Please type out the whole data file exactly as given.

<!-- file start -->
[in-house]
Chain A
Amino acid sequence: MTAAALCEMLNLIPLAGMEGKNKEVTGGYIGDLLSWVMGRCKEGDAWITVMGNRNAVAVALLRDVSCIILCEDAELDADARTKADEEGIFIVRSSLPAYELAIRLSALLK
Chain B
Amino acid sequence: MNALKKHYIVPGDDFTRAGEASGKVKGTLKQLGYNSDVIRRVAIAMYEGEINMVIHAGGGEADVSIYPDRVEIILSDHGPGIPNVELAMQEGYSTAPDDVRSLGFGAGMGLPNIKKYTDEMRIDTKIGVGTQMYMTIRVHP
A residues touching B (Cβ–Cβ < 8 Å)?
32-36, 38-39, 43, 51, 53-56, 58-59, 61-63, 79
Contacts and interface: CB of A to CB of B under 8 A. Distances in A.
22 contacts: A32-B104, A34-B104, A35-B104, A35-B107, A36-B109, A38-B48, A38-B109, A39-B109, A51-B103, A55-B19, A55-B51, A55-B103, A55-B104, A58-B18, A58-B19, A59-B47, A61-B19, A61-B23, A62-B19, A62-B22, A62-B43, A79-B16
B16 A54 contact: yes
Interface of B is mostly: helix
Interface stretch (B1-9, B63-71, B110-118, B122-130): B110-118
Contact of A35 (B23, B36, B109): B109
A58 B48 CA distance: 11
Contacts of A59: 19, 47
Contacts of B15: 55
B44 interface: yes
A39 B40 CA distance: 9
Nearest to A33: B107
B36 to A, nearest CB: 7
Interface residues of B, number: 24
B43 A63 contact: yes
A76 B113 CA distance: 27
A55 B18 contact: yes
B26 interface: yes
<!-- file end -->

[in-house]
Chain A
Amino acid sequence: MTAAALCEMLNLIPLAGMEGKNKEVTGGYIGDLLSWVMGRCKEGDAWITVMGNRNAVAVALLRDVSCIILCEDAELDADARTKADEEGIFIVRSSLPAYELAIRLSALLK
Chain B
Amino acid sequence: MNALKKHYIVPGDDFTRAGEASGKVKGTLKQLGYNSDVIRRVAIAMYEGEINMVIHAGGGEADVSIYPDRVEIILSDHGPGIPNVELAMQEGYSTAPDDVRSLGFGAGMGLPNIKKYTDEMRIDTKIGVGTQMYMTIRVHP
A residues touching B (Cβ–Cβ < 8 Å)?
32-36, 38-39, 43, 51, 53-56, 58-59, 61-63, 79
Contacts and interface: CB of A to CB of B under 8 A. Distances in A.
22 contacts: A32-B104, A34-B104, A35-B104, A35-B107, A36-B109, A38-B48, A38-B109, A39-B109, A51-B103, A55-B19, A55-B51, A55-B103, A55-B104, A58-B18, A58-B19, A59-B47, A61-B19, A61-B23, A62-B19, A62-B22, A62-B43, A79-B16
B16 A54 contact: yes
Interface of B is mostly: helix
Interface stretch (B1-9, B63-71, B110-118, B122-130): B110-118
Contact of A35 (B23, B36, B109): B109
A58 B48 CA distance: 11
Contacts of A59: 19, 47
Contacts of B15: 55
B44 interface: yes
A39 B40 CA distance: 9
Nearest to A33: B107
B36 to A, nearest CB: 7
Interface residues of B, number: 24
B43 A63 contact: yes
A76 B113 CA distance: 27
A55 B18 contact: yes
B26 interface: yes